There are four secrets in the level, two each on each of the first two floors. I wanted it to be possible to find them all on your first play through. The somewhat complicated cinematic elevator experience meant that sending the lift back down was not really an option. I came up with the idea of a shaft you could fall down with a portal at the bottom, which would send you back to the previous level. To tempt the player to jump in, a quad damage upgrade is suspended inside, such that you can see it easily from the door but cannot reach it without going past the point of no return. I thought this was very clever, but it proved to be a point of confusion for players, who expected to be met with a swarm of powerful monsters, not the empty halls of the previous floor they had just cleared out.

The optional silver key also proved to be confusing. I wanted to reward the player for exploring, but because the key is likely to be picked up while in combat and without having seen a silver key door, many play testers didn't realize they had even picked up.

Mapping for Quake continues to be such a pleasure. It is a small window into another possible life in which I had pursued art and game development instead of accepting a career in networking software. Maybe it's a glimpse into a future career change? Who could say.

Quake 25: Slime Factory

In celebration of 25 years of Quake (1996), I decided to make a spookin'-ass Quake level of my own. Years ago I played with WorldCraft (later Hammer) making my own Half-Life levels, and although I never produced anything worth playing back then, that ancient knowledge proved useful.

Hammer is strongly tied up in the Valve ecosystem now, even more than it was back then. Poking around the Quake community, it's clear that everyone is now using TrenchBroom. And wow, I sure recommend that you do, too. The 'Broom makes it simple to shape complex brushes in a way I could never before. Instead of a series of carefully crafted carving operations, painstakingly positioned within your three standard orthographic projection views, one can essentially just draw the shape in 3D.

About the Map

You had just escaped one fortress, only to find yourself in the eerily quiet eye of the storm. Surrounded by castle walls on all sides, and the door from whence you came barred shut, you have no choice but to proceed along the dilapidated boardwalk over caustic slime lake and search on for your way out.

... and where is all that slime coming from? Something is very wrong with this green pond. The answers may reveal themselves to you with time.

This being essentially my first ever Quake map, I wanted to keep it simple. The textures are all either from the WAD used by the "start" map (Quake's episode and difficulty menu level), or some gently modified/hue shifted variant created by me. I built the ominous island structure first, and the rest of the level sprang up organically around it.

If you are feeling brave, venture into Krak's Slime Factory. Let me know if you play it (@krakissi).

(p.s.: The armor you can see from the island is quite attainable, and requires nothing more than a skilled jump.)

Download and Play

You have two options for downloading. If you already have QuakeSpasm, Mark V, or some other modern Quake engine installed, download this file which includes the playable map, as well as the source files so that you can open it up in TrenchBroom yourself. Place the BSP and LIT files in your Quake directory under id1\maps\. Launch the game, open the console with ~, and type "map krak_slimefact".

If you do not have a Quake engine installed and are running Windows, download this version instead which includes QuakeSpasm and the map files. This download also includes a "Krak.bat" file which you can double-click to launch directly into the level.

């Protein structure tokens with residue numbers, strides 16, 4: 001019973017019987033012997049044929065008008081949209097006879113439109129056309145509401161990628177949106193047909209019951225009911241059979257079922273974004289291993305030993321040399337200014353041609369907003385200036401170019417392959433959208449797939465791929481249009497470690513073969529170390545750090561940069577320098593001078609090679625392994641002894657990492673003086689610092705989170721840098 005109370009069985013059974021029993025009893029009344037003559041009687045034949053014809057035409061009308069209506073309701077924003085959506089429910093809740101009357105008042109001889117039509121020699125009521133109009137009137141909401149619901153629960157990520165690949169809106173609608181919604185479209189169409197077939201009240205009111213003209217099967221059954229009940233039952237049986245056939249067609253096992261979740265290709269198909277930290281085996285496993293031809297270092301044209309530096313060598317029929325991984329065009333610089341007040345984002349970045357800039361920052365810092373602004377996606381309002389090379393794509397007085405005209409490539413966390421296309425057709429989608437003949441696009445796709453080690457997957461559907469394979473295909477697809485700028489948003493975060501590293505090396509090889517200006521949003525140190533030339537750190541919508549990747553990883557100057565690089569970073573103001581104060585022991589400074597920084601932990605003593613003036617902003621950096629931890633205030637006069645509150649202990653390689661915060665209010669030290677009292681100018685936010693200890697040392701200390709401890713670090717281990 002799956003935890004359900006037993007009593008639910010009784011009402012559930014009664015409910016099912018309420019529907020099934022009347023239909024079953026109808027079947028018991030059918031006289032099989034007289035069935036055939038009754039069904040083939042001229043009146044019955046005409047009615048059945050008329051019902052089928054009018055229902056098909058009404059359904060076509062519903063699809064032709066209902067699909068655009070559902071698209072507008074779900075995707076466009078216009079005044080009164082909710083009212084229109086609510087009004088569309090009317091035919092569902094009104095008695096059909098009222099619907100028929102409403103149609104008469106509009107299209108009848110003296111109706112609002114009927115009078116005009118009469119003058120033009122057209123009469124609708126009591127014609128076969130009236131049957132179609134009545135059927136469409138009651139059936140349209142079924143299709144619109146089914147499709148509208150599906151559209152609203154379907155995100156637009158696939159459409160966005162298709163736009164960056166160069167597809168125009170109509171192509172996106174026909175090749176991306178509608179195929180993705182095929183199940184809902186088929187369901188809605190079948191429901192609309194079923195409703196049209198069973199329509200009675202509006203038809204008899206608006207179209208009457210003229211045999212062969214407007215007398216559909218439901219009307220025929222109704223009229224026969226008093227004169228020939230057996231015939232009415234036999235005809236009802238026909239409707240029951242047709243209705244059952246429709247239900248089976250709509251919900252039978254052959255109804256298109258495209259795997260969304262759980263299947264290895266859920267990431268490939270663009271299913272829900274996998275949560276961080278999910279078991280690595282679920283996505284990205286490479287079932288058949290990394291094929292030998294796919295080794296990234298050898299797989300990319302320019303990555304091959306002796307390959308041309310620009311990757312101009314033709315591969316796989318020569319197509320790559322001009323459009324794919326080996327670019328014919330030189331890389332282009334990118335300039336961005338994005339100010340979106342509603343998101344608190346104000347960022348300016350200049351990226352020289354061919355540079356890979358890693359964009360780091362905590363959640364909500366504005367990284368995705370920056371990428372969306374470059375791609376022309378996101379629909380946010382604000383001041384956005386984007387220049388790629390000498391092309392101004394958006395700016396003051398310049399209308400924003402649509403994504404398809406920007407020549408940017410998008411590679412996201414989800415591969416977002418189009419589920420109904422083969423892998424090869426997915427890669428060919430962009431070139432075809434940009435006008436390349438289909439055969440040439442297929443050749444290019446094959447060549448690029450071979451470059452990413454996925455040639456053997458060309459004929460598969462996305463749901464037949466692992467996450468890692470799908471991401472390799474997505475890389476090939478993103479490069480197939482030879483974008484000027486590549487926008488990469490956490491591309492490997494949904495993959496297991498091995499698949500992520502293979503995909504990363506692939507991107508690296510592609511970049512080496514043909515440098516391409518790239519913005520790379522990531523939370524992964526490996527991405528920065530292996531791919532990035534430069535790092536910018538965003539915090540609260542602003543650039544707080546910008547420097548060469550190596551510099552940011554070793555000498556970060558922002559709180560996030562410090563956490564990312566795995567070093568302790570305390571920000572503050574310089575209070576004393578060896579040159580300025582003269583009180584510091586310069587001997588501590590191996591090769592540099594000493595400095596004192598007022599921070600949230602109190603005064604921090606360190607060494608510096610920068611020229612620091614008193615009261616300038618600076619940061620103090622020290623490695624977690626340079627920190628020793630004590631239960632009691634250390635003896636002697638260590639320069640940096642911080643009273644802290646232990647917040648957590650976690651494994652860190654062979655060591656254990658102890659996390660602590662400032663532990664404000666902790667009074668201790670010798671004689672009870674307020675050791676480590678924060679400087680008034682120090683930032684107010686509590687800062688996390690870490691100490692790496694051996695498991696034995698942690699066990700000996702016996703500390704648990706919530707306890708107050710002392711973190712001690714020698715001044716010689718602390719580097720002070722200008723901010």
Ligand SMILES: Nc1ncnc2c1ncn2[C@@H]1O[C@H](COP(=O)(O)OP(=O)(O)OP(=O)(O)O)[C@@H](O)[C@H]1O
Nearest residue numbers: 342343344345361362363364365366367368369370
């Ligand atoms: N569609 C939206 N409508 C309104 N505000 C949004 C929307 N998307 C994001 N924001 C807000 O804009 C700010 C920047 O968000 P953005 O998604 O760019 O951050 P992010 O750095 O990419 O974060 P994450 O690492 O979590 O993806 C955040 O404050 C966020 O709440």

New Mapper Showcase

The man himself, dumptruck_ds, featured me and my little map in his ongoing "New Mapper Showcase" series on YouTube. If he weren't making videos on Quake mapping I wouldn't have made this map. It's an honor!

KrakJack: A "Fermigamo"

You have possibly heard of NaNoWriMo, a yearly November challenge for writers to author a novel in just 30 days. Completely ignoring the expansion of the acronym, I decided I would make a NaNoGaMo... a complete game in the month of November!

My NaNoGaMo idea was simple... a text-only telnet MMO, set in some remote space station. Players connect and interact with the station, and although they cannot see other players, they can see things that have been done by other players (receive mail, graffiti, position of objects, etc). It's essentially a museum game (less charitably termed a walking simulator), where you log in to hang out. The nature of telnet is such that sound is essentially impossible, and so the working title was Quiet Space.

Writing a novel is hard. Making a complete game is hard, too. I did not complete my NaNoGaMo. My ambition was too large. I had to aim smaller... and what's smaller than a nanogamo? A Picogamo! I wanted my game to be portable to at least Windows and Linux, and so I set to work creating a game engine in C++ with SDL. Almost immediately this got completely out of control, as I realized I could probably write a software 3D renderer on top of SDL's 2D-only graphics. The project is on-going and has stretched well beyond its humble beginnings. Which is to say, I did not complete my Picogamo in a month, either.

Ok, ok, I had to reel it in. Ignore the 3D renderer, just make a simple 2D game, a Fermigamo (following the natural order of Pico, Fermi, Bagel), and that's what this post is actually about. I chose a ridiculously small resolution of 256x150, and decided to make a blackjack simulator. The graphics are cute, the sounds are bloopin', and you can download it now for free on

Low-Res EGA Graphics Demo for DOS

I put together a little demo of DOS EGA graphics in the low-resolution 640x200 mode. It's a "playable" game of bouncing balls, where the player controls one ball that can kind of move. Check out the video:

If you want to try it yourself, or check out the source code, here's a ZIP with everything as it was in the video: Note that you'll have to run the executable in DOSBox or actual DOS, and that the EGAVGA.BGI file included in the ZIP needs to be in the same directory. This file is some kind of Turbo-C++ specific graphics driver... BGI perhaps standing for "Borland Graphics Interface" or similar.